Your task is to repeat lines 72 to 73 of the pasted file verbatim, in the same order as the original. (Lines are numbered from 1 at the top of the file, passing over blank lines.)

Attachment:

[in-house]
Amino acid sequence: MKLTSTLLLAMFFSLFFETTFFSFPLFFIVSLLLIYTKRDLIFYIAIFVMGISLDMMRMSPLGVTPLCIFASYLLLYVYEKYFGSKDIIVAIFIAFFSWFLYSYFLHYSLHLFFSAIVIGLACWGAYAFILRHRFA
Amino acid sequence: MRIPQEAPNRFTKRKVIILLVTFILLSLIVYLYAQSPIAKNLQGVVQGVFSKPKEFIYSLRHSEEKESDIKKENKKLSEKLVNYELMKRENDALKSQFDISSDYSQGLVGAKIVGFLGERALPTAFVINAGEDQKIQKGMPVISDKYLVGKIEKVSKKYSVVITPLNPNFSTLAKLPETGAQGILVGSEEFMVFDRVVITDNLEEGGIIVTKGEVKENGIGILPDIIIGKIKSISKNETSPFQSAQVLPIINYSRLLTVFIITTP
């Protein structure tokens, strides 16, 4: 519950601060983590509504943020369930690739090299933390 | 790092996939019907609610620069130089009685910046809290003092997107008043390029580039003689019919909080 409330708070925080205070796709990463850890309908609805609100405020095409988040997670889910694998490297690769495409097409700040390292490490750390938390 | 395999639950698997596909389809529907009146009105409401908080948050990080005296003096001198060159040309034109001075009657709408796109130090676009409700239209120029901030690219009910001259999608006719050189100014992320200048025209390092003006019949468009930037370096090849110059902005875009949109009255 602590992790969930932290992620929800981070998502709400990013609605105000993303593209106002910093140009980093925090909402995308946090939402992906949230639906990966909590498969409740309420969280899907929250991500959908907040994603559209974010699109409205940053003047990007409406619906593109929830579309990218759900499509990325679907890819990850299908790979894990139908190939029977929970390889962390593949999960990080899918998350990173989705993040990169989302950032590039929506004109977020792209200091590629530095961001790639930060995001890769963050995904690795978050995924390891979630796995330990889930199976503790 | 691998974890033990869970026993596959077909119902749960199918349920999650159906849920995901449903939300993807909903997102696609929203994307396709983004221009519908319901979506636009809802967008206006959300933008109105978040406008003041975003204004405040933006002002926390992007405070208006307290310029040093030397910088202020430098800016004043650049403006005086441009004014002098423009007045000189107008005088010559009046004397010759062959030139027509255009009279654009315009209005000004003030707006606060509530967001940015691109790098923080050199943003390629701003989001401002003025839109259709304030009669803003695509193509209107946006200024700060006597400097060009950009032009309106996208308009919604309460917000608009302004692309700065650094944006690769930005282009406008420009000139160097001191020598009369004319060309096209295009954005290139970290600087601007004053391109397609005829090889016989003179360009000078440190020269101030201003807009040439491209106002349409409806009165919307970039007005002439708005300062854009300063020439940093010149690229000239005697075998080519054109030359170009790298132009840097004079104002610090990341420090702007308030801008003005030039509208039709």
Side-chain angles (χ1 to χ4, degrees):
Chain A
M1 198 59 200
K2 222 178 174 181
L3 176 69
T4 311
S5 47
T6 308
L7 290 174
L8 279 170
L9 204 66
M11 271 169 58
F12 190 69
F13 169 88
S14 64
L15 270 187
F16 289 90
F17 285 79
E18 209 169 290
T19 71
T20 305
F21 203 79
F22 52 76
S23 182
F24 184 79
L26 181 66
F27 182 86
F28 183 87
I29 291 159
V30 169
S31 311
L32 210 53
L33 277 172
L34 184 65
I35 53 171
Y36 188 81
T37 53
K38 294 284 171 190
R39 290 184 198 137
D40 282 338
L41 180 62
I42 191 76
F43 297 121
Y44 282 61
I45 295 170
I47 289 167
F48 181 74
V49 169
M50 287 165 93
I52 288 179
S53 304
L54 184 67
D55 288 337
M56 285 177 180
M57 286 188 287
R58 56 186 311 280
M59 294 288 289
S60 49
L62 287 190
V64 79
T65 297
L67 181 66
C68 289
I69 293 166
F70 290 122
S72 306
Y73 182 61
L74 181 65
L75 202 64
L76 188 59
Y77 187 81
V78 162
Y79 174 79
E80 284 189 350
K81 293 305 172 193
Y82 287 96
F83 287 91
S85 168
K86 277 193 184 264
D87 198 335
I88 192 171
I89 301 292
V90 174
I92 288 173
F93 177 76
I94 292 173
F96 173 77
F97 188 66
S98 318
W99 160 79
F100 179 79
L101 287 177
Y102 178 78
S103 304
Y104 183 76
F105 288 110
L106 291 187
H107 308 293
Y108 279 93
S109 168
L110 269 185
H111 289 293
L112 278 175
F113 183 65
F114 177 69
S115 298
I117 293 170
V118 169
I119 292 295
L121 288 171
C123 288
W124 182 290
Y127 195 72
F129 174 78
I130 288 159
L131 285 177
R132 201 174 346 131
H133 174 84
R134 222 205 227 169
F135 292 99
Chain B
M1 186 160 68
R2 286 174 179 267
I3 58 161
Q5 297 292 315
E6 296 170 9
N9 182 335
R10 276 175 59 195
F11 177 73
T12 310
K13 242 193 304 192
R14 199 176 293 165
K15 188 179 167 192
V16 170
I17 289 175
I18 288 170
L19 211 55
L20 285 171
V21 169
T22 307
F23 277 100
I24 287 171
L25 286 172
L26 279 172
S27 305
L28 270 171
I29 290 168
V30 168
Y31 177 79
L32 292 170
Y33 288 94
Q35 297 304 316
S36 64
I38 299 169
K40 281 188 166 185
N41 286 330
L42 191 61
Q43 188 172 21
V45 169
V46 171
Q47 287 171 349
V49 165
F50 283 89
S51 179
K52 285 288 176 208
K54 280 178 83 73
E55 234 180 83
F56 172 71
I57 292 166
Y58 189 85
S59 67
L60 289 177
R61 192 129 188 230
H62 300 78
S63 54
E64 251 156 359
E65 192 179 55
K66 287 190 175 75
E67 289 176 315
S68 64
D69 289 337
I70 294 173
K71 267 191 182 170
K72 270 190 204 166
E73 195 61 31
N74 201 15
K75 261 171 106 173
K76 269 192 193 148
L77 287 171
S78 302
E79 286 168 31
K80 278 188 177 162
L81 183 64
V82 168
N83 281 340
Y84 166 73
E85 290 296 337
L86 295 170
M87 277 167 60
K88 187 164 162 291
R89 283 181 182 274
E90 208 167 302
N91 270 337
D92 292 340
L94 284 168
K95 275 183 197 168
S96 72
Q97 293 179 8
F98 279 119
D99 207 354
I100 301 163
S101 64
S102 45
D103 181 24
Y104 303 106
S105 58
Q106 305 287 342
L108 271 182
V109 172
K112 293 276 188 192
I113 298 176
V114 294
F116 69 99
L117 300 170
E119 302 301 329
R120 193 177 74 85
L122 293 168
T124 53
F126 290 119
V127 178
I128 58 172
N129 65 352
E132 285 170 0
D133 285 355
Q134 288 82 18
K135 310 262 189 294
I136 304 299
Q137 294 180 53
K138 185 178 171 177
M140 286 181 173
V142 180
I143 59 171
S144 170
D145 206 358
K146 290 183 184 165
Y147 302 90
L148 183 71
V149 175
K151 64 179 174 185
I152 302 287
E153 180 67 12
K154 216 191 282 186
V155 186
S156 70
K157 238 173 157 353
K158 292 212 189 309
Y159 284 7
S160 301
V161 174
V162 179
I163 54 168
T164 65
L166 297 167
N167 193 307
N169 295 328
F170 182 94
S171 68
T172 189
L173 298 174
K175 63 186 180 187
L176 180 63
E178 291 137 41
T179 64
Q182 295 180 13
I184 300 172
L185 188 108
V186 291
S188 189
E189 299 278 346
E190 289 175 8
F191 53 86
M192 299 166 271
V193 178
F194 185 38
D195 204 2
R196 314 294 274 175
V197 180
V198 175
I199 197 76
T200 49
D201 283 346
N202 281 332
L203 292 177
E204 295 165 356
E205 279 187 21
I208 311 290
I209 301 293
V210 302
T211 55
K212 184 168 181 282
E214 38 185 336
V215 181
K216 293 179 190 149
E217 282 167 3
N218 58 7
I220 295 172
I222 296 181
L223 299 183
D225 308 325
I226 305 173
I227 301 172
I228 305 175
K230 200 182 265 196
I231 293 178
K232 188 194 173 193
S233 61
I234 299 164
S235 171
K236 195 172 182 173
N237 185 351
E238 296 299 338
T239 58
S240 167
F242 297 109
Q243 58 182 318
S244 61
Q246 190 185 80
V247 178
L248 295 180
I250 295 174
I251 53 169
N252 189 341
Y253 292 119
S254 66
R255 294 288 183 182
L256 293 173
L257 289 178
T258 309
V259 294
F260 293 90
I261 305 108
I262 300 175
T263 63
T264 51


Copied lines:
L74 181 65
L75 202 64